Original Research

IsiZulu and English in KwaZulu-Natal rural schools: how teachers fear failure and opt for English

Nontokoza Mashiya
South African Journal of Childhood Education | Vol 1, No 1 | a71 | DOI: https://doi.org/10.4102/sajce.v1i1.71 | © 2011 Nontokoza Mashiya | This work is licensed under CC Attribution 4.0
Submitted: 23 May 2014 | Published: 31 December 2011

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Nontokoza Mashiya, University of Zululand, South Africa

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In this article, factors inhibiting the use of mother tongue as the language of learning and teaching (LoLT) in rural foundation phase classes is investigated. I analysed qualitative data from focus group interviews with 20 foundation phase teachers that were selected through purposive sampling. Findings show that factors such as prior learner knowledge, better opportunities for children, time constraints, low self-concepts of African teachers, failure of the education system, teachers’ lack of proficiency in the language of teaching and learning, directly translated resources, lack of parental involvement in decision making, and ‘invisible’ school language policies inhibit the use of children’s primary language in the classroom. These nine factors are discussed and the article makes recommendations to suggest ways to alleviate these challenges.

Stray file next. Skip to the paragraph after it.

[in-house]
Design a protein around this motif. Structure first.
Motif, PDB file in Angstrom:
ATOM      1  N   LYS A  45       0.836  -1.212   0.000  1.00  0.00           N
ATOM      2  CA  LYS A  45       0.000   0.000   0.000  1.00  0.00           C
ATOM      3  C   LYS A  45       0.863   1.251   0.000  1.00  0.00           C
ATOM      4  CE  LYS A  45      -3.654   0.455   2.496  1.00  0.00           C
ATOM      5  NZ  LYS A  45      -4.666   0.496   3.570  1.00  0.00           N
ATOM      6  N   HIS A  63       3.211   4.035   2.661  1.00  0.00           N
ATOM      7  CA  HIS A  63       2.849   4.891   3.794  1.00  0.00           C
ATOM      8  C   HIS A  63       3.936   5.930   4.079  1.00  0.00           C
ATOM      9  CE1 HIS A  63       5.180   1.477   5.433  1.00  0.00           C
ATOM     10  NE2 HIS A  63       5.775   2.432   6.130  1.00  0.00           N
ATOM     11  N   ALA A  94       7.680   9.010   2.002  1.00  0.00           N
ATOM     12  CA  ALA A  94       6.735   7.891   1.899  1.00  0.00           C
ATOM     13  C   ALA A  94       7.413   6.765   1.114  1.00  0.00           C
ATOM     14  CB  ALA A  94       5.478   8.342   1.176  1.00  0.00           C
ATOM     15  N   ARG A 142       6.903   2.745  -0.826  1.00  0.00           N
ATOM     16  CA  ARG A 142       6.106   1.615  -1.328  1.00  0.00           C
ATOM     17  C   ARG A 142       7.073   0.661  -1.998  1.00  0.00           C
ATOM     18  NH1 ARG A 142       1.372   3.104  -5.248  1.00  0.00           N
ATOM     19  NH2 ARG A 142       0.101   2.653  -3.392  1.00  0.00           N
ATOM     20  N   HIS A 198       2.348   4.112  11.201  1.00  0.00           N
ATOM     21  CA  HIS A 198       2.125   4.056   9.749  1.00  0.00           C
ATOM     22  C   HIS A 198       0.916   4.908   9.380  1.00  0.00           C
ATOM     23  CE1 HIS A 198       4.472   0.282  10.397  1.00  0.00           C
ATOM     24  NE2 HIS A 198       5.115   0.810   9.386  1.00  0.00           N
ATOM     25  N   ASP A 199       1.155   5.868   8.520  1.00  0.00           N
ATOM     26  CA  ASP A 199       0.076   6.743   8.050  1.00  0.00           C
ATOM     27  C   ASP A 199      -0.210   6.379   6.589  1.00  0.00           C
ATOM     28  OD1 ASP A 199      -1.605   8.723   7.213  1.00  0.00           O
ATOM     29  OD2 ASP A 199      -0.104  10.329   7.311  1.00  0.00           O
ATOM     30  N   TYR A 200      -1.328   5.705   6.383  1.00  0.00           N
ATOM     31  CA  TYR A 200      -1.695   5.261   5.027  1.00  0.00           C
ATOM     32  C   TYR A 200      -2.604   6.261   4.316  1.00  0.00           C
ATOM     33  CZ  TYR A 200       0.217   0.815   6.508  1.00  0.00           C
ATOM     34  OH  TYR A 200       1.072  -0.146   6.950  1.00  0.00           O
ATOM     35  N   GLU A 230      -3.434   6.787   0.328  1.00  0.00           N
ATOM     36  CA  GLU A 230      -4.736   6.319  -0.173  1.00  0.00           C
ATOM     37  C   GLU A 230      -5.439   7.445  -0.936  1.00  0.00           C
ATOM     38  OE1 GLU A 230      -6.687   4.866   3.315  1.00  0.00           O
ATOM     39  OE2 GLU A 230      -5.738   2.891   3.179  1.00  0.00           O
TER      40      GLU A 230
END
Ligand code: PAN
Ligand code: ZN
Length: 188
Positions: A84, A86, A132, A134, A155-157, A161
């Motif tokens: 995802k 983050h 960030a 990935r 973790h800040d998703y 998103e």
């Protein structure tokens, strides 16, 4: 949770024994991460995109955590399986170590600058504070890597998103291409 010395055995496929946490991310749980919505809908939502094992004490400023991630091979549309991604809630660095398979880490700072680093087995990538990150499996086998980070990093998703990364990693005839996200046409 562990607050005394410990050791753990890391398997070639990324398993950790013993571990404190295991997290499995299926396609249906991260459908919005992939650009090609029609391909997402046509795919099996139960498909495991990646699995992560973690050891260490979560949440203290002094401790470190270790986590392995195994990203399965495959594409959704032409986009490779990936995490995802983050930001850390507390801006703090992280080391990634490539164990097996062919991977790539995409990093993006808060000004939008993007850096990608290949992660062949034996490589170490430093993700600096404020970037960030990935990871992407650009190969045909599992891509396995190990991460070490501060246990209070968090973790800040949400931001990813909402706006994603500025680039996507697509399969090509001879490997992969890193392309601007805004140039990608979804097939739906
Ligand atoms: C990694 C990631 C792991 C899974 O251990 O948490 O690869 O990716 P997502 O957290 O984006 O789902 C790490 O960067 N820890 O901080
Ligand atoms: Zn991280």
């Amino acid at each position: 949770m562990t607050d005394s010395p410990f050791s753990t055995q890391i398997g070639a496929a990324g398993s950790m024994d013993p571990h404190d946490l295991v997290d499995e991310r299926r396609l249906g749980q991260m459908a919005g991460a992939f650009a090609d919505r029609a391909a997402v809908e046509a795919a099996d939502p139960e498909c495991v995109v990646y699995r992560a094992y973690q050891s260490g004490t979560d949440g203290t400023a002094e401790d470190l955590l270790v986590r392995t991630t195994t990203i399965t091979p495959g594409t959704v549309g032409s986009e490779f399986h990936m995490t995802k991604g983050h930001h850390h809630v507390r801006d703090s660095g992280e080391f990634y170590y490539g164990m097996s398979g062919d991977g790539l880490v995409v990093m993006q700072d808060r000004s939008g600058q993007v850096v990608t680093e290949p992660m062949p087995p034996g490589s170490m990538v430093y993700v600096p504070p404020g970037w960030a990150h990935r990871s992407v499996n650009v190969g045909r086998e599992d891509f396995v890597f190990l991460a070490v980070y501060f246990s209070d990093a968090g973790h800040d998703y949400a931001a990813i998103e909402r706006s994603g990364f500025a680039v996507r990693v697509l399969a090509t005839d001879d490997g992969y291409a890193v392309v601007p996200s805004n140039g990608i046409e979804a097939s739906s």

mother tongue teaching, foundation phase, rural schools, language in education policy , teachers’ self concept


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